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IRA bomber who blew up Sunday World offices to write tell-all book

Packy McMahon proudly boasts a tattoo of hunger striker Bobby Sands across his heart
Patrick McMahon

Patrick McMahon

Hugh Jordan

A veteran IRA bomb-maker who blew up the Sunday World offices is writing a tell-all book about his years as a paramilitary.

Packy McMahon proudly boasts a tattoo of hunger striker Bobby Sands across his heart and also has another image etched on his back of the moment Guildford Four man Gerry Conlon tasted freedom after 15 years in jail.

"I'm a veteran IRA man and both these men made a huge impression on me. I was heavily influenced by them and I got the tattoos done as a tribute and permanent reminder," he said.

"Bobby Sands is my hero."

Packy (58) was jailed when he was caught red-handed making a 1,500lb bomb which was destined for Belfast city centre.

In the early 1990s McMahon also manufactured a huge bomb which wrecked the Sunday World's High Street offices.

McMahon spent many years languishing in the Maze Prison alongside then-leading IRA men including Séanna Walsh, who is today a Sinn Féin councillor in Belfast.

Patrick McMahon has the day he was released from jail emblazoned across his back.

Patrick McMahon has the day he was released from jail emblazoned across his back.

And although McMahon has disagreements with Sinn Féin on a number of policy matters, he still has respect for Séanna Walsh, who was at one time commander of IRA prisoners in the Maze.

"I'll never forget the day I heard a commotion outside my cell. The flap on my door was broken and I could see out. The screws were dragging Séanna along the corridor because he had refused to remove his underpants for a search.

"Séanna was screaming: 'We are political prisoners!' I felt so proud of him," said McMahon.

But these days, Packy is totally opposed to violence for political ends.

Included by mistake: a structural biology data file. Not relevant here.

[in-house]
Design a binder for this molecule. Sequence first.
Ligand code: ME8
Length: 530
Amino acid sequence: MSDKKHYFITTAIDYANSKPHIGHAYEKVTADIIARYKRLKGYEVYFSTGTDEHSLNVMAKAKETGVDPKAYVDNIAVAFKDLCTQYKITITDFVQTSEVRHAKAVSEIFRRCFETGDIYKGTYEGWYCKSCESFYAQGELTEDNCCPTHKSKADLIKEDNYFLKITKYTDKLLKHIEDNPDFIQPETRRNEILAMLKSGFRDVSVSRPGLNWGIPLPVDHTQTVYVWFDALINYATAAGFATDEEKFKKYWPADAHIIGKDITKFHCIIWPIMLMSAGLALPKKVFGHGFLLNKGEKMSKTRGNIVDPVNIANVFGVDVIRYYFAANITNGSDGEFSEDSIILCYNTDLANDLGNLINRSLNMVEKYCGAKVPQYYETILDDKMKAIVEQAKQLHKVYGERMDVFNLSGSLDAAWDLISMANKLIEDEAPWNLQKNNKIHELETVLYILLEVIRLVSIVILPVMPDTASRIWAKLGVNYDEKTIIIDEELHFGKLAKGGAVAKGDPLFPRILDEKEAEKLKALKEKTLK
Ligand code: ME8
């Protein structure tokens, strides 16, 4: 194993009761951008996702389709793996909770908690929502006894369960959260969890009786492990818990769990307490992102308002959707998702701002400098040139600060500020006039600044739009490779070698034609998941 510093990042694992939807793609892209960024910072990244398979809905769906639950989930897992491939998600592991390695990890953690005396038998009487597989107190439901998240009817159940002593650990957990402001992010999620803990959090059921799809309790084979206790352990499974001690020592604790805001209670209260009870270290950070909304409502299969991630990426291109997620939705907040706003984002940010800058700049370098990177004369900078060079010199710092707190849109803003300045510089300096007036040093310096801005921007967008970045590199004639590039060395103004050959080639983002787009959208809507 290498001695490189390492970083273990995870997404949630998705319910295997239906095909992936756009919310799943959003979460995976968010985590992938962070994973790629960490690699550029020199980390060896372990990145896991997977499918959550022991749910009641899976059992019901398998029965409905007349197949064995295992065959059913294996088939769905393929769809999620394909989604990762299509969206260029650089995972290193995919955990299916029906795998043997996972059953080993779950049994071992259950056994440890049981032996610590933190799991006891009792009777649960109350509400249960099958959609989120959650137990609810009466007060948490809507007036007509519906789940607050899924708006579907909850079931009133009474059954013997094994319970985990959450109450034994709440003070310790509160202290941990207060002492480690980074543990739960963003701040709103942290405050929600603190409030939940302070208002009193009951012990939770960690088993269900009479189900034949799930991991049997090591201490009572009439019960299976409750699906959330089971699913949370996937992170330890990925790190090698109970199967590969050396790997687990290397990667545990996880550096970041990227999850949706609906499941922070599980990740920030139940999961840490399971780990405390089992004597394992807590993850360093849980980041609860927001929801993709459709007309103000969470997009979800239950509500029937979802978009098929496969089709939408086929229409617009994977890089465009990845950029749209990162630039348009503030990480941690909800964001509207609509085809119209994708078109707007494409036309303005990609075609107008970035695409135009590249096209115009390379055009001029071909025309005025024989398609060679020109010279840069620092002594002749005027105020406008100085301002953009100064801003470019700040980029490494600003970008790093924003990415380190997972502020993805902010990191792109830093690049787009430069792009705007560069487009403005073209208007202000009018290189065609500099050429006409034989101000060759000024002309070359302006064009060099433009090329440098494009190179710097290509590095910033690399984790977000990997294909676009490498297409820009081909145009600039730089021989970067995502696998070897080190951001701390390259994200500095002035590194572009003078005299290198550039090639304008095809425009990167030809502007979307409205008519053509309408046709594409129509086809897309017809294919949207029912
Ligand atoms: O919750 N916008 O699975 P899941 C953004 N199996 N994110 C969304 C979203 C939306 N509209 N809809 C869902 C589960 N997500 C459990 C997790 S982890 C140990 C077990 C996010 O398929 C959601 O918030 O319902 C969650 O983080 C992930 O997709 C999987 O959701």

And although he's still committed to his dream of a 32-county socialist republic, McMahon insists dialogue is the only way forward. And he maintains it should have happened long before it did.

"Looking back, the Provisional IRA ceasefire should have been called when the Official IRA did it 50 years ago today. The war went on far too long," he said.

Patrick McMahon chats to reporter Hugh Jordan (left)

Patrick McMahon chats to reporter Hugh Jordan (left)

McMahon - a married father of three - spoke to the Sunday World prior to the publication of his autobiography, Two Irishmen Walked into a Bar, later this year.

He is still putting the finishing touches to his amazing life story. It is a first-hand account of the life of a top IRA bomb-maker who was also a punk rocker - he has another tattoo of the late Clash guitarist Joe Strummer on his left forearm.

"Punk music was great for bringing people from different backgrounds together," he said.

"I had friends over from Liverpool and I spent last weekend with them in Belfast. I have friends from all over as a result of my interest in punk," said Packy.

"I remember being at a punk concert one night. Terry Hooley - the Godfather of Punk - was on stage wearing a police uniform. He was slagging off the IRA. When he finished, I went up to him and said, 'Terry, did you know I'm a Provie?" said McMahon.

He added: "I was pointing out that it was possible to be a punk and a Provie at the same time."

Packy was born in the Leeson Street area off Belfast's Falls Road in on July 12, 1965.

"The doctor in the hospital told my mother that because I was born on the 12th, she would have no difficulty finding a name for me.

But she said, 'I'm naming my son after the patron saint of Ireland'," he laughed. The area where the McMahons lived kept the flame of republicanism alive when it was extinguished elsewhere in the city.

At school, McMahon was known as 'Ferret' because he liked to bring his pet ferret into the classroom.

Patrick McMahon has a tattoo of his hero and Republican icon Bobby Sands emblazoned upon his chest.

Patrick McMahon has a tattoo of his hero and Republican icon Bobby Sands emblazoned upon his chest.

The McMahons lived in Gibson Street and Plevna Street before moving to New Barnsley, a new mixed estate further up the Springfield Road.